Cyrus’ Problematic History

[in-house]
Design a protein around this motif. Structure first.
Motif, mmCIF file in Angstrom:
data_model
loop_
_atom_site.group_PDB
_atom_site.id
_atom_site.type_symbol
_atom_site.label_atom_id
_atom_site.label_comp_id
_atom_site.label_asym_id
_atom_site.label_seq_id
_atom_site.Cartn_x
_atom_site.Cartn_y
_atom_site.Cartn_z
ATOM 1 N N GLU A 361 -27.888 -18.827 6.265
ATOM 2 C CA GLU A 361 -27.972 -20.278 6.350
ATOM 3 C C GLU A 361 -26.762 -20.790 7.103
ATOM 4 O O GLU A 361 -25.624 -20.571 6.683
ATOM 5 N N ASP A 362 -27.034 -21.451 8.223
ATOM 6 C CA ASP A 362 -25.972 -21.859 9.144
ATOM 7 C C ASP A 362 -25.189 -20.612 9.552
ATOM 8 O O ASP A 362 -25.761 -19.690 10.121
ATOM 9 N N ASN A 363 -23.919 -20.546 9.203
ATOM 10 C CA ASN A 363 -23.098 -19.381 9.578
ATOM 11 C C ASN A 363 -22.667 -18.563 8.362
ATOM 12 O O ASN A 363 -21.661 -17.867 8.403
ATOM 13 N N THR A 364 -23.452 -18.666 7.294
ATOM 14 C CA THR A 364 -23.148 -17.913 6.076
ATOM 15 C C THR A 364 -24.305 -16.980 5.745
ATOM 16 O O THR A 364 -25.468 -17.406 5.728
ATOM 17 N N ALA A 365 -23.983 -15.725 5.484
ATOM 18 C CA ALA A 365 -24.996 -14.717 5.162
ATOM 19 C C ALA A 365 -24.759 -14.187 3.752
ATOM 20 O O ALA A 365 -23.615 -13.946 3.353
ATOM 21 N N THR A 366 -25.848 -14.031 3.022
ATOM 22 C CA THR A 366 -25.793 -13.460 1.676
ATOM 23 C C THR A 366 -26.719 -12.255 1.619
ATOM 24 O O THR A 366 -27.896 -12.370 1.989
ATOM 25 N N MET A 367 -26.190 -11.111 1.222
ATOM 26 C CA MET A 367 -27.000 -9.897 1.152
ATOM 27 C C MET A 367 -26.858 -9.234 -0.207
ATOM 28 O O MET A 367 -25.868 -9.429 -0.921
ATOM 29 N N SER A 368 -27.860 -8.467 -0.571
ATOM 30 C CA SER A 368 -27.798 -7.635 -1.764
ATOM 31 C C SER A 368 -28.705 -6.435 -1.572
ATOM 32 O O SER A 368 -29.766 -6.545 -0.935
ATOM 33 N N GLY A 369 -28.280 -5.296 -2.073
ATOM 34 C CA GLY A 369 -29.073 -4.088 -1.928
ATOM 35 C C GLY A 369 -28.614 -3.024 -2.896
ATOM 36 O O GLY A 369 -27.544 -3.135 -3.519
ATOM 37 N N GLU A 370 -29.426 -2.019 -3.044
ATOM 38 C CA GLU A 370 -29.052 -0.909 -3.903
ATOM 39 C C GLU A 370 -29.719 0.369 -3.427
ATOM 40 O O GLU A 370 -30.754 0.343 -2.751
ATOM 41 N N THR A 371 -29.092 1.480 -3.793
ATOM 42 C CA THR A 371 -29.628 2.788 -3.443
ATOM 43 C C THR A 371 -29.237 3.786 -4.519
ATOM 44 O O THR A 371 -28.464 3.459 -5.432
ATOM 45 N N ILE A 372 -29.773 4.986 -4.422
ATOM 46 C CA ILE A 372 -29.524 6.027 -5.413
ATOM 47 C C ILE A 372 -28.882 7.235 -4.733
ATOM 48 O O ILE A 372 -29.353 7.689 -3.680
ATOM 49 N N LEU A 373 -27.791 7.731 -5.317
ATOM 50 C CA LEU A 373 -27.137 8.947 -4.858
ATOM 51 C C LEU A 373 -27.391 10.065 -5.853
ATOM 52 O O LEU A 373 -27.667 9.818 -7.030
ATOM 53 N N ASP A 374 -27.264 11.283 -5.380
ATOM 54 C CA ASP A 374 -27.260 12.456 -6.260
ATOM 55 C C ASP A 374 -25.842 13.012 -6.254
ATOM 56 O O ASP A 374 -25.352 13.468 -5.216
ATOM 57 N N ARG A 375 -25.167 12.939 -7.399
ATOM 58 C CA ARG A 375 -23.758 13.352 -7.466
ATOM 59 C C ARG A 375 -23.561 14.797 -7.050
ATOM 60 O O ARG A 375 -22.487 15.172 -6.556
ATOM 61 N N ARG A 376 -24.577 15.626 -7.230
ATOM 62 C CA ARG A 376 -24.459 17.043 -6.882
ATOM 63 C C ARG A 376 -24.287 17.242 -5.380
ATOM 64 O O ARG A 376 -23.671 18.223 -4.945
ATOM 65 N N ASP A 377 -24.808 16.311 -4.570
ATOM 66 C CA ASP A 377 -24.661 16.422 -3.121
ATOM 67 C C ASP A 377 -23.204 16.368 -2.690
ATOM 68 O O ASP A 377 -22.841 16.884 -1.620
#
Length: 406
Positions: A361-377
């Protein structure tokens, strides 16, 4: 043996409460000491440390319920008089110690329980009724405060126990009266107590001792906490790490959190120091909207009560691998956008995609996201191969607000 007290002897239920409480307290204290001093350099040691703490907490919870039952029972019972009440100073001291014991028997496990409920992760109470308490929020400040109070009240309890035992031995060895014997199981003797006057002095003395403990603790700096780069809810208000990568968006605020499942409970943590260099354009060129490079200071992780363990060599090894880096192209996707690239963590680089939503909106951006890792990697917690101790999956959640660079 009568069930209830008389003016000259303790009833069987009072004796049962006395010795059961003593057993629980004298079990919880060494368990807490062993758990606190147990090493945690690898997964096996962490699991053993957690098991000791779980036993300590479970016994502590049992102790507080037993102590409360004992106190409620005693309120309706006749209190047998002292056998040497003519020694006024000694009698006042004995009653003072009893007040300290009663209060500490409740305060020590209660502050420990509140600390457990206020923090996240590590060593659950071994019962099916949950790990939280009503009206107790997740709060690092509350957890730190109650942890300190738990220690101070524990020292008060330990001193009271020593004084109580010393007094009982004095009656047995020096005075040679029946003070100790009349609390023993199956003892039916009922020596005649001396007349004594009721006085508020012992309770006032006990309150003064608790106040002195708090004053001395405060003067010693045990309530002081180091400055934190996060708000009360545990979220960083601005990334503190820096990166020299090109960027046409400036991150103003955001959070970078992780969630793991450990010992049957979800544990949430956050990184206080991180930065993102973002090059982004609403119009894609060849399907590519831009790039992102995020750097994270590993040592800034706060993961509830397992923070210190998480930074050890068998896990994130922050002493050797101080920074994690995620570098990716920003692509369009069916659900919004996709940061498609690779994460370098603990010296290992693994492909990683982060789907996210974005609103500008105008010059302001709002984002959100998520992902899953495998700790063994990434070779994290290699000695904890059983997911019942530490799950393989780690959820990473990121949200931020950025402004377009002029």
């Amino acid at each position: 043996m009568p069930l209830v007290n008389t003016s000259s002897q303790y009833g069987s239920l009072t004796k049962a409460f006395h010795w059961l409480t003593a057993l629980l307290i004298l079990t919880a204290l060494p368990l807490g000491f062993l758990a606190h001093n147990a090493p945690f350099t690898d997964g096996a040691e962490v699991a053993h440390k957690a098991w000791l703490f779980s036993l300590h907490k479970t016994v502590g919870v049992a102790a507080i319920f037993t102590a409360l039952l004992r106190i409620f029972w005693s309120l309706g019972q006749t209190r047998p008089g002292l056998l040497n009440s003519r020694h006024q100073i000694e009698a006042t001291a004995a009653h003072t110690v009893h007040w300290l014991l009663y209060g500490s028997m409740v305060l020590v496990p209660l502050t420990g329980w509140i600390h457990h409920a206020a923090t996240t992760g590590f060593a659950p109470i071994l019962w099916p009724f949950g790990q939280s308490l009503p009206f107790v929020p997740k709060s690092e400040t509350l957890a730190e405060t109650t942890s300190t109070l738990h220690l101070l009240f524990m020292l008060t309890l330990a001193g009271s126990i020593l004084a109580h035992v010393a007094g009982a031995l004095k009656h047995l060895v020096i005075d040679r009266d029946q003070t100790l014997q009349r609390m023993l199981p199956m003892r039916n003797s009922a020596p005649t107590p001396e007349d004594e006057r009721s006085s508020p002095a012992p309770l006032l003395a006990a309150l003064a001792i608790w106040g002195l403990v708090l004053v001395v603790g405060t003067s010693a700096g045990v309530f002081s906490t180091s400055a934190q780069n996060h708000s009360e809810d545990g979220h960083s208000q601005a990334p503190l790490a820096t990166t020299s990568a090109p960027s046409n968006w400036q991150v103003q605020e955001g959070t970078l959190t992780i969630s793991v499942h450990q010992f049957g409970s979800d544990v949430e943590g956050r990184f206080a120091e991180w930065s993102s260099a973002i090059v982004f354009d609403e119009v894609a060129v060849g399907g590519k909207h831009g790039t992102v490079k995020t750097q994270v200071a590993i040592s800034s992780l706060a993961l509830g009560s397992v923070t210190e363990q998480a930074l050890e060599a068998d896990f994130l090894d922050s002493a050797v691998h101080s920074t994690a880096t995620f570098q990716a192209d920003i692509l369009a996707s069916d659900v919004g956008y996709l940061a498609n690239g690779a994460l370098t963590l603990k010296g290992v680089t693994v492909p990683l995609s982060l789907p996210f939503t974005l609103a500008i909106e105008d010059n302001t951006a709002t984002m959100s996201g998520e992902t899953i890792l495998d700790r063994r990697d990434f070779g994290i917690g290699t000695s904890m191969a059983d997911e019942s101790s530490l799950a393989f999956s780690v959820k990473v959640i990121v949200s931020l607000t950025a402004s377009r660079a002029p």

I finally broke down and went all junior-high with my research — different colored pens for the different accounts of Cyrus’ taking Babylon. The most ancient records are notoriously problematic. Each one has a either a bone to pick or a bridge to sell, and they simply don’t agree on the facts. Did or did not Cyrus engage in a military encounter? When he arrived at the gates, were the Babylonians settling in for a seige, were they partying their brains out oblivious to this Persian from the north, or did they throw open the gates to welcome this beloved new ruler? Though both Herodotus and Xenophon have lots of great things to say about Cyrus, the Greeks finally aim to portray the Persians as corrupt, depraved, or at best weak. They figure that Cyrus took Babylon by force. One (Berossus, a Babylonian nationalist writing for the Greeks) claims that Cyrus flat out destroyed Babylon’s magnificent walls. The Persian side presents Cyrus as a liberator, excelling all others in moral standing, magnanimity, and grace, setting to right the wrongs of the wayward Babylonian king and beloved of the gods. The Babylonians ushered him in with joy. It’s tough to keep track of these different voices and to winnow for a grain of what really happened. In the meantime, it occurred to me that since junior high, computers have really come a long way. So, I put away the colored pens and have begun a file recording the different accounts in different fonts. Among them, Herodotus gets “Algerian,” Berossus is in “Bradley Hand ITC,” and the Nabonidus Chronicle is in “Arial.” Hopefully, this will help. If nothing else, it sure is pretty.

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